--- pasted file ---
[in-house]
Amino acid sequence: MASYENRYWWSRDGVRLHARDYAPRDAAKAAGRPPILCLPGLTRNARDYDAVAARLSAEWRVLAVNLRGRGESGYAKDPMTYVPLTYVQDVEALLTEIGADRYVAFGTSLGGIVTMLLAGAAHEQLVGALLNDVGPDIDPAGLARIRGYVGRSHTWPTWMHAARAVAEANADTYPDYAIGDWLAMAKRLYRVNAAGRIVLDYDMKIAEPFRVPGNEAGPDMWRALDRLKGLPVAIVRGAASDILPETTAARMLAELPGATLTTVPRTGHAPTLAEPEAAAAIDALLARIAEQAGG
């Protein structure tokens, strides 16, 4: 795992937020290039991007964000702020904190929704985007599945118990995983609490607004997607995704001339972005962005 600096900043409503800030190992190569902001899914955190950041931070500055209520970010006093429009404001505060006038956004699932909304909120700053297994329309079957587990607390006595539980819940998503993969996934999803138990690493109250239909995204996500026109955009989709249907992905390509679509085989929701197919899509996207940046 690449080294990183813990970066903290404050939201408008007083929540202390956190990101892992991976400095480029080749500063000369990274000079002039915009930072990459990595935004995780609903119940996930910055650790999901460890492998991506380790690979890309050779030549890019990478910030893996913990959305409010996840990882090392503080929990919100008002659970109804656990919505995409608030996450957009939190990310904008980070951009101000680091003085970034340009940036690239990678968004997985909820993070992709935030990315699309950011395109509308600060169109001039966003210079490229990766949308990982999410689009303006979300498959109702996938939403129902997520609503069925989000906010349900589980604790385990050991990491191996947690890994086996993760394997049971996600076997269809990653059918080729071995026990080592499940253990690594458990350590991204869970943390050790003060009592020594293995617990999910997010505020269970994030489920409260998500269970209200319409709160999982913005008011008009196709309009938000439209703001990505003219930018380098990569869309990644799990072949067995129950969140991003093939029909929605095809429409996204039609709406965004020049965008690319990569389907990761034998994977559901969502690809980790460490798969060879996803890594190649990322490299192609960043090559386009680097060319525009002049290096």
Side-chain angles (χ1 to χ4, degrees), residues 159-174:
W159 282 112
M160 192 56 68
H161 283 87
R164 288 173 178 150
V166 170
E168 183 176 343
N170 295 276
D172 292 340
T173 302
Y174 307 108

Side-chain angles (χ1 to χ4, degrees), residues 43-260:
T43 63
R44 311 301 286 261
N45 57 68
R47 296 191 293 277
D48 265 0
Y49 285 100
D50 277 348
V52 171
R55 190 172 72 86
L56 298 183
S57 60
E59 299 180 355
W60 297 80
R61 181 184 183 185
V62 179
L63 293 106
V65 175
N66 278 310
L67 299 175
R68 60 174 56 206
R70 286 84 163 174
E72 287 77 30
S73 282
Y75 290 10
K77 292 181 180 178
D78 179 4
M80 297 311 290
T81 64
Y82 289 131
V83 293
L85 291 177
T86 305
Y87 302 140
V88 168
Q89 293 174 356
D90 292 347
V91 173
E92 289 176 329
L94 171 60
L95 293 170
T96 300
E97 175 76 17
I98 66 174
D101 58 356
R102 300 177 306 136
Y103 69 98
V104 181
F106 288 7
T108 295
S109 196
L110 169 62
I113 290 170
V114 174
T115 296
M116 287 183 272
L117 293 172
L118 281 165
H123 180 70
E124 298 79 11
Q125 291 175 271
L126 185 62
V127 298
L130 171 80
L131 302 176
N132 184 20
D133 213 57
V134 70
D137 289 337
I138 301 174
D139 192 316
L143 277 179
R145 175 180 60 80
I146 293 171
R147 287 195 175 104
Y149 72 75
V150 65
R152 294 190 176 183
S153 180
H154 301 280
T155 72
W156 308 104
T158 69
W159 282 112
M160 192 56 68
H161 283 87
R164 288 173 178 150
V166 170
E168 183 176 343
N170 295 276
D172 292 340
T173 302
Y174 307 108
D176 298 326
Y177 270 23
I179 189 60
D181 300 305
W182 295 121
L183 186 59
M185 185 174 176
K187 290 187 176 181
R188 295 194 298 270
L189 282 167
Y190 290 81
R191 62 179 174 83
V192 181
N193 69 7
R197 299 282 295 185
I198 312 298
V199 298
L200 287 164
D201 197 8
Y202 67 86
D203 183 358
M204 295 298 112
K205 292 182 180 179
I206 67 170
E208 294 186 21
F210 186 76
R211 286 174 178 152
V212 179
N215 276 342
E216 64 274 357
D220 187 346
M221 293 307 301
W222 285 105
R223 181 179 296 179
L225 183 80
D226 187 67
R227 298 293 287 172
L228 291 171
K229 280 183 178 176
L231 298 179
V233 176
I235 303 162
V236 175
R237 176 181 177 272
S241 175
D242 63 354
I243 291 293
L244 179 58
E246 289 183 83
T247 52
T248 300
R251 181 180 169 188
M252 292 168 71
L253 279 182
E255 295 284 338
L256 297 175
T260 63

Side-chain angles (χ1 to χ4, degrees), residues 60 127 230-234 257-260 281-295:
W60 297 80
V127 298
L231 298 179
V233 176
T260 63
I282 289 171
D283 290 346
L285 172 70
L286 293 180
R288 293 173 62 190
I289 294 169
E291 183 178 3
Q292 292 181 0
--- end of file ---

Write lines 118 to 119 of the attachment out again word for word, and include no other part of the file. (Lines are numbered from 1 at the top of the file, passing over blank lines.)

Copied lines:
Y190 290 81
R191 62 179 174 83